- Thomas Ruyant (Destination Dunkerque): "We finish this race feeling very tired. It’s been great because it was hard. A difficult race is one which has a whole range of technical difficulties. That has been the case throughout the week, so we’ve constantly had to be on the alert due to the complexity of the course, the strong performance by the fleet that was always very compact, and because the weather conditions proved to be hard to predict. Tanguy helped me a great deal in familiarising myself with my new boat more and more. I know that I still have progress to make in my work at the chart table, especially as regards modern computer tooling. The boat fully lives up to my aspirations and we’ve filled out a whole book of observations with a view to optimising her for the Route du Rhum"

- Tanguy Leglatin (Destination Dunkerque): "We’re delighted with this victory. It was a stressful final, because in the fog, we were worried that we didn’t know whether or not "40 Degrees" had got past us. The course is great and the reduction, which eliminated the Sept îles section didn’t change much. Vying with the Anglo-Norman duo was exciting. It was a fantastic experience to race in this event… but it’s good that it’s come to an end as we had our last supper last night and after that there was no more food..."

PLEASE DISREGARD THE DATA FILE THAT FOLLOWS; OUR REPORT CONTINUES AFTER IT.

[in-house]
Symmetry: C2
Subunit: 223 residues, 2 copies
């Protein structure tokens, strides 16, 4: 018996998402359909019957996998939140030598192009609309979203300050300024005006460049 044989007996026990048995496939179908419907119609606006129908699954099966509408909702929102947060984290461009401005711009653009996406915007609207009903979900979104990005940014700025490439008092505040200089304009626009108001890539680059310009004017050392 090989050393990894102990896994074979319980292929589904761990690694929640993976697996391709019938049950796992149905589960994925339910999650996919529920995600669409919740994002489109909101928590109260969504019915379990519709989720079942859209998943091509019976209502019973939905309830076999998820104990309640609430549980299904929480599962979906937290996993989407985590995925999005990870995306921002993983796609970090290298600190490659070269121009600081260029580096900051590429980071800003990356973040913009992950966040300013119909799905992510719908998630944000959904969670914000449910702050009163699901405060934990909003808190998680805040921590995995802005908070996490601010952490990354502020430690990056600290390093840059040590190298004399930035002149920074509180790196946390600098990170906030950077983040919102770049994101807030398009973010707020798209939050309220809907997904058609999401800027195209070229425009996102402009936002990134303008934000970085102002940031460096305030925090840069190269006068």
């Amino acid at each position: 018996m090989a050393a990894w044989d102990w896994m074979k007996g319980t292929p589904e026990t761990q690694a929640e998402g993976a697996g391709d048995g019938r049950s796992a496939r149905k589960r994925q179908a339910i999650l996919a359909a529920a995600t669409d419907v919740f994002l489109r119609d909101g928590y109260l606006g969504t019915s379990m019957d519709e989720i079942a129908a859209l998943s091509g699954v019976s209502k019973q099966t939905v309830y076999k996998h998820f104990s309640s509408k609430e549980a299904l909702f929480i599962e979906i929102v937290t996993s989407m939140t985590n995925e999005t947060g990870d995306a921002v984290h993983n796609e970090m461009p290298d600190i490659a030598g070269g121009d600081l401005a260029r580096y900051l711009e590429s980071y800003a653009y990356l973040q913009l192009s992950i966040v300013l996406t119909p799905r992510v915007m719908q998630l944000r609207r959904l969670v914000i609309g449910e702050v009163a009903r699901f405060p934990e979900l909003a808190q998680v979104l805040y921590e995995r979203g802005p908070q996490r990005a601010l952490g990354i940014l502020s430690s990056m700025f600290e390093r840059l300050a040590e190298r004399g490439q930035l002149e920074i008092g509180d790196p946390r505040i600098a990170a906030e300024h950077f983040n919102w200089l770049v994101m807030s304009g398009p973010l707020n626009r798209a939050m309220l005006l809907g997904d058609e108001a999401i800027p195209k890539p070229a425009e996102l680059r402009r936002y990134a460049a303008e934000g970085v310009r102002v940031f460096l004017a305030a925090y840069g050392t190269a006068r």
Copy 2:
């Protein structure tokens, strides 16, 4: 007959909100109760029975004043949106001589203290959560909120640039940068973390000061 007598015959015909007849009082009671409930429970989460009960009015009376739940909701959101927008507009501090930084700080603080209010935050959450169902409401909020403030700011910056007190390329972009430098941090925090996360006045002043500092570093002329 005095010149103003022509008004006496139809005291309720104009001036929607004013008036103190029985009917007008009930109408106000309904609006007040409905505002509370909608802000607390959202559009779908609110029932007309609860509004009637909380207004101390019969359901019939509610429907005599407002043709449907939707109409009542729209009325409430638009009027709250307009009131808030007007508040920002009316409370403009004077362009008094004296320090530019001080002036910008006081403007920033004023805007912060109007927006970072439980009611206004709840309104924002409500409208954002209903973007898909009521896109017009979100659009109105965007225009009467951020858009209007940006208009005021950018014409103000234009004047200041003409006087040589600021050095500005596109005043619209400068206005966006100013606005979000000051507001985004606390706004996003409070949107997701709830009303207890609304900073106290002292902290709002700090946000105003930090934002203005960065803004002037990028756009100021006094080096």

- Halvard Mabire (40 Degrees): "A few more miles and we could have had a chance to get ahead. It’s still been a fine performance though. However, for the next time, a few modifications will need to be made:
- put Ireland back where it should be (we didn’t get a glimpse of it)
- remove a bit of the fog (not too much, we’d miss it – you get used to everything eventually)
- look a bit closer into the cycles of the moon, because this time around it feels like we’re finishing when we should have started.
- this time you’ve managed to organise things so that we’ve gone virtually full circle tacking upwind, so next time we could try the same thing but sailing downwind the whole way.”

- Info presse